Kessler considers problem solving, the ability to manipulate symbols and numbers, tenacity, and technical astuteness as traits essential for any good specialist in this field.
"Educational background should be something that supports those traits; ideally - but not necessarily - math, engineering, or computer science but also criminal justice. What people need is the methodical approach to the problem and a well educated person of any stripe can be trained to the level they need, particularly as it relates to conducting investigations," he says, adding that good certifications that are generic and useful include the Certified Computer Examiner (CCE), Certified Forensic Computer Examiner (CFCE), those from SANS, as well as product-specific certs.
"In my career I have hired a lot of people, and there are three general types that I see be successful," says Henseler:
- People with a computer science background who have also worked in a corporate IT department, as they know how companies manage their IT systems. Still, they also need to add the necessary forensics requirements.
- Students who have their masters in forensics investigations but not necessarily in forensic IT. They know how to generate reports but are usually not technical enough. But they need to have a forensic mindset and an avid interest in computers and IT, and to be trained to use the appropriate tools.
- Smart people that have a masters in computer science and who can pick up the forensic tools or can make their own tools. They can become great computer forensic experts, but also good project managers and can help with client communications.
"It is hard job because it is highly technical but you have to also be very precise in your communications," says Hensler.
"There have been big changes over the years. Data starting growing ten years ago and while law enforcement agencies have hired more experts there are not enough experts to go through all the data. The challenge is to enable non-technical people to help investigate so the experts can focus on the most challenging and technical aspects of the investigation," he points out, and to that end he developed Tracks Inspector, a product designed for criminal investigations that enables non-technical investigators to examine evidence themselves.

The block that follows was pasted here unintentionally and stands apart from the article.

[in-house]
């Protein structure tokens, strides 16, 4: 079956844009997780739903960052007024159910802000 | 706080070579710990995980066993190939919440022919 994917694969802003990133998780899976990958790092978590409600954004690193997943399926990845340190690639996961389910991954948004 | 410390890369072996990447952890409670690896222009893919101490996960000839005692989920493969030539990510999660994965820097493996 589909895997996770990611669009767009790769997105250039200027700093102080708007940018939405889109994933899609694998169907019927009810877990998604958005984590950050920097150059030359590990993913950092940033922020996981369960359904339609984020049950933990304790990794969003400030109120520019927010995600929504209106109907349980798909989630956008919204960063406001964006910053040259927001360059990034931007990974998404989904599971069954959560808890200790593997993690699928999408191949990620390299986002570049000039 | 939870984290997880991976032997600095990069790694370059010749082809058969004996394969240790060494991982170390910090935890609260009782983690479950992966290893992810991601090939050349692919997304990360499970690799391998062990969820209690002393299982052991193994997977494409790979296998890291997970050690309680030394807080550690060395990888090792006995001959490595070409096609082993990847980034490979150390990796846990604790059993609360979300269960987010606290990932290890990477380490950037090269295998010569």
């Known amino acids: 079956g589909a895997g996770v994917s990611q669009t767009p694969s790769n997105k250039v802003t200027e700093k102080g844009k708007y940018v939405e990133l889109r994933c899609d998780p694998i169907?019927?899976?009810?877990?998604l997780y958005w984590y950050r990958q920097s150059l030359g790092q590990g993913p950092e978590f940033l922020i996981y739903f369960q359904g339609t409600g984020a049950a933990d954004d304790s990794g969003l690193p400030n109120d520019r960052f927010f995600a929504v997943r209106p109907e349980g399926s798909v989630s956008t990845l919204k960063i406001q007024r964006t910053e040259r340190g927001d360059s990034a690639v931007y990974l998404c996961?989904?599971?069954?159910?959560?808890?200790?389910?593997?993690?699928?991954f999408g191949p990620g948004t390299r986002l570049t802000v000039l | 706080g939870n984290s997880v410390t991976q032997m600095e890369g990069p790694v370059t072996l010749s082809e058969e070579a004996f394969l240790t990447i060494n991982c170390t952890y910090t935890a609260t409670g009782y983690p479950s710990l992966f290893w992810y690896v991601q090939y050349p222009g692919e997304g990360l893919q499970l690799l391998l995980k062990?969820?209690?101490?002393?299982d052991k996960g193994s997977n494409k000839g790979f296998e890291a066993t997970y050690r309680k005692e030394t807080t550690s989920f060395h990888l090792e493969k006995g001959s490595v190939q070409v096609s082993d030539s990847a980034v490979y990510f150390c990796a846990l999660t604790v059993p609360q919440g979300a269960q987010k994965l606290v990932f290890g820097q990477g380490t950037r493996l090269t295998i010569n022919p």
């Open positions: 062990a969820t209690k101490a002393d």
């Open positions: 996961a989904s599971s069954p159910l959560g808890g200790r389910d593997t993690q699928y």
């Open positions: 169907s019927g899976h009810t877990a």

Kessler thinks that one of the hardest parts about it is the effort needed for staying current. "Many of the criminal cases are also very trying on an emotional level, particularly those involving child sexual exploitation. But, again, it is very rewarding, too," he says. "I enjoy working with law enforcement because the work is important and they need the help. I don't do criminal defense work but I do engage in civil forensics work."
When asked how he approaches testifying at trials, he says that he talks to judges, juries, and lawyers the way he talks to his students (he's currently on the faculty of the Homeland Security program at Embry-Riddle Aeronautical University, where he is developing a minor in cybersecurity) or his mother: he tries to explain things as simply and accurately as possible, providing no more detail than necessary to illustrate rather than confuse the issues. "In that regard, I view myself as an educator as much as anything else," he shared.
He also says that the prosecution of cybercriminals is handled pretty well in most cases but could certainly be improved by better preparation of prosecutors and investigators. "We can't control the jury pool and most judges are looking to the attorneys - and their experts - for appropriate explanations."